God, in loving himself, loves sovereign Reason or Order and, because of this love, Order has normative force. When we see in Reason that the soul is more perfect than the body, for instance, we can recognize this principle as not merely a truth, but a law: “the living law of the Father” (JS 238; OC 12:302). Because it is according to Order that Order be loved, and since God always acts out of love of Order, and therefore always in conformity with it, God directs our own love toward Order. Moreover, the law of Order is sanctioned by divine omnipotence itself. Conformity with Order will, in the long run, be rewarded, while divergence from Order will be punished. In one key respect, however, Order is not like other laws. In a case of human law, we can evaluate a law, and perhaps reject it, by considering higher principles than those embodied in the law itself. Because it is the highest law, this can never be the case with Order; when we evaluate the goodness or rationality of any law, we can only do so by comparing it to Order. As divine, Order is the good in general; as Reason, Order is what makes anything rational. Order, in short, is authoritative in every significant way. This authority is essential to Malebranche’s discussion of human nature in its natural, ‘prelapsarian’ state, that is, its state prior to the Fall.
We know that God acts according to Order, and that, therefore, everything God creates is originally in conformity with Order. Because Reason shows us the divine ideas, we have cognitive access to Order, and therefore know the original, natural state of human beings (what God created human beings to be) despite not being in it ourselves:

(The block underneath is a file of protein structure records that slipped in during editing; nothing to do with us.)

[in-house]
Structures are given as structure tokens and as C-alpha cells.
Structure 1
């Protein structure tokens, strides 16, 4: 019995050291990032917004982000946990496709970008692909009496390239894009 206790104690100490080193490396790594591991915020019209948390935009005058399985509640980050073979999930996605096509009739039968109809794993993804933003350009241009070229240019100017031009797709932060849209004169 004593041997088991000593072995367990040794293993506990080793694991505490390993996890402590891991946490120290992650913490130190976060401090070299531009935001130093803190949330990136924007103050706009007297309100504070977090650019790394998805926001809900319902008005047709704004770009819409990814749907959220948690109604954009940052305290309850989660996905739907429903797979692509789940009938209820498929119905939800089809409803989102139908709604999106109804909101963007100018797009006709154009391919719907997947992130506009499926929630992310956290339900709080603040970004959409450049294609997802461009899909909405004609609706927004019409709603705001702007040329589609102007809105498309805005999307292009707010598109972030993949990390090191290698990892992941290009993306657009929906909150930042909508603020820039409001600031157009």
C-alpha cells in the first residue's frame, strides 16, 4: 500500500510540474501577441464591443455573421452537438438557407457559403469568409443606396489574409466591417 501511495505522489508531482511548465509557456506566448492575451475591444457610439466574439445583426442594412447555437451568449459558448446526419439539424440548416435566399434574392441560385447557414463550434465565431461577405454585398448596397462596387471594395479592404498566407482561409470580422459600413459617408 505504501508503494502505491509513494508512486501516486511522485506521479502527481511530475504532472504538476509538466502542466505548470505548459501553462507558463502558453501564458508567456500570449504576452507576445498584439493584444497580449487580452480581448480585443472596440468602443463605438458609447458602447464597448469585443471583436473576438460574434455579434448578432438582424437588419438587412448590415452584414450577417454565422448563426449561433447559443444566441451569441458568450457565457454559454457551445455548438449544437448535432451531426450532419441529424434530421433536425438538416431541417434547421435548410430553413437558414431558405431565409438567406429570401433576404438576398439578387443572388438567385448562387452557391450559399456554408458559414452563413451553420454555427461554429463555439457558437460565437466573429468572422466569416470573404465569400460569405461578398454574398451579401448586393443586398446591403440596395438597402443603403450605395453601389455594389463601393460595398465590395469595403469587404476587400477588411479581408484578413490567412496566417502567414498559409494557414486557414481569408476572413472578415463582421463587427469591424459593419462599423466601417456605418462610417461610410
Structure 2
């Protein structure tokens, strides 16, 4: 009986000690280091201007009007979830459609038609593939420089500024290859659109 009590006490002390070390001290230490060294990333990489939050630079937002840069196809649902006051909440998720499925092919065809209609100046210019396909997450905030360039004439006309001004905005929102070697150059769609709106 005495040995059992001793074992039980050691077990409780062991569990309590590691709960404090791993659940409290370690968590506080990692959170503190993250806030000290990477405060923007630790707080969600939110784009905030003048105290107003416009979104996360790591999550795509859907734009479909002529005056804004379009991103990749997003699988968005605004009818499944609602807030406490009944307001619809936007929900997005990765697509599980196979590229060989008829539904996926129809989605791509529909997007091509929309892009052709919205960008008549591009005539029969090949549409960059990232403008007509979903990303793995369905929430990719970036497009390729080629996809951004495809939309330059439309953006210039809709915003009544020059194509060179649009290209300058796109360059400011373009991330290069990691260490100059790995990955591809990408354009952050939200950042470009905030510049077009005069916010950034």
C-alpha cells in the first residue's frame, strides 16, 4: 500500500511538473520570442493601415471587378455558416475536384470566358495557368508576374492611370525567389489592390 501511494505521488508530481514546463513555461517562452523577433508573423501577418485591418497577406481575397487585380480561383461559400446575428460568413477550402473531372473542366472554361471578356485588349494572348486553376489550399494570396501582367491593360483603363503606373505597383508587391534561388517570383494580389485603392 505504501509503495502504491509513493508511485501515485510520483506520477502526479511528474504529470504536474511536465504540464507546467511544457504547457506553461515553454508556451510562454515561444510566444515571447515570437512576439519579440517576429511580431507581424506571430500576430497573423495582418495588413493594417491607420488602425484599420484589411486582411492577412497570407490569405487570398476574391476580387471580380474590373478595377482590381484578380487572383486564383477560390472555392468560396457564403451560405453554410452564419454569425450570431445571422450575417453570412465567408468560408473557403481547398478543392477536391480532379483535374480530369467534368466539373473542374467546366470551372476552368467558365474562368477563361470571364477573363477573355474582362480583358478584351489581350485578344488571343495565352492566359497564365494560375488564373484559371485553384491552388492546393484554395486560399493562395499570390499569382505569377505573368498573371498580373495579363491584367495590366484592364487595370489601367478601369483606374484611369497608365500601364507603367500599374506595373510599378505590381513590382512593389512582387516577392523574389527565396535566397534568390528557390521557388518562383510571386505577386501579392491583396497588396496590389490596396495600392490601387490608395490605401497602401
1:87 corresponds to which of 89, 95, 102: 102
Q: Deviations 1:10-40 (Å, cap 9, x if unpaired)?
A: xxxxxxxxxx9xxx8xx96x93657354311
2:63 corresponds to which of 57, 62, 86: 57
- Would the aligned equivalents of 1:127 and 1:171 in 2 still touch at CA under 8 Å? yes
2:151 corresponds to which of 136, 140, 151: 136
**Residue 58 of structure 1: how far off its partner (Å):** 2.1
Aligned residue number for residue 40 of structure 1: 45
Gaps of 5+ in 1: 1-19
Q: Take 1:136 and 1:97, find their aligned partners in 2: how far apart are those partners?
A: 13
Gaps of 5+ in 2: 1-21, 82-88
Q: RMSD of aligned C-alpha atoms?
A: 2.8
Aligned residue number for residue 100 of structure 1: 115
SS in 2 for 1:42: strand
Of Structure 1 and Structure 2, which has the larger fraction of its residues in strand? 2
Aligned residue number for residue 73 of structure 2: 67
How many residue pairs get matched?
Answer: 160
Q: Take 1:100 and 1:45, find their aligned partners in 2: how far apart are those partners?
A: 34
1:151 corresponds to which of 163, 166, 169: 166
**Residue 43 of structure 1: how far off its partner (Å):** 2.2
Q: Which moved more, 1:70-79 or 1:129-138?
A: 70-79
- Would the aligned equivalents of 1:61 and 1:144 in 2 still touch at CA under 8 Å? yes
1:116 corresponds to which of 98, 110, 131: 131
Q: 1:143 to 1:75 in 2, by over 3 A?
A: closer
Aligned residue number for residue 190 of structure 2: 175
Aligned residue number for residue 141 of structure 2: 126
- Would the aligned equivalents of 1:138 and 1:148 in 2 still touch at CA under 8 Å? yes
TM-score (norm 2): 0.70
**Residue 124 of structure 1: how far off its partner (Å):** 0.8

But to speak accurately of innocent man, created in the image of God, we must consult the divine ideas of immutable order. It is there that we find the model of a perfect man such as our father was before his sin (JS 65; OC 12:103).
On this view, our natural state is nothing other than our ideal ethical state; we are most natural when we are perfect. What we find in “the model of the perfect man” is in some ways like us, but in some ways not. Like us, Adam in his original state was made in such a way as to be constituted by two relations, one to sensible goods and one to Reason. This twofold union, of mind to God and mind to body, looms large in Malebranche’s thought, and he sees it in terms borrowed from St. Augustine. Our union to God is what elevates us, and from it “the mind receives its life, its light, and its entire felicity”; however, our excessive attachment to our body “infinitely debases man and is today the main cause of all his errors and miseries” (LO xxxiii; OC 1:9). This intimate union of ethical, epistemological, metaphysical, and theological themes is characteristic of Malebranche’s thinking; a deviation from ethical perfection entails a corruption of nature and an obscuring of our cognitive abilities, and this deviation from ideal is nothing other than distraction from divine Reason.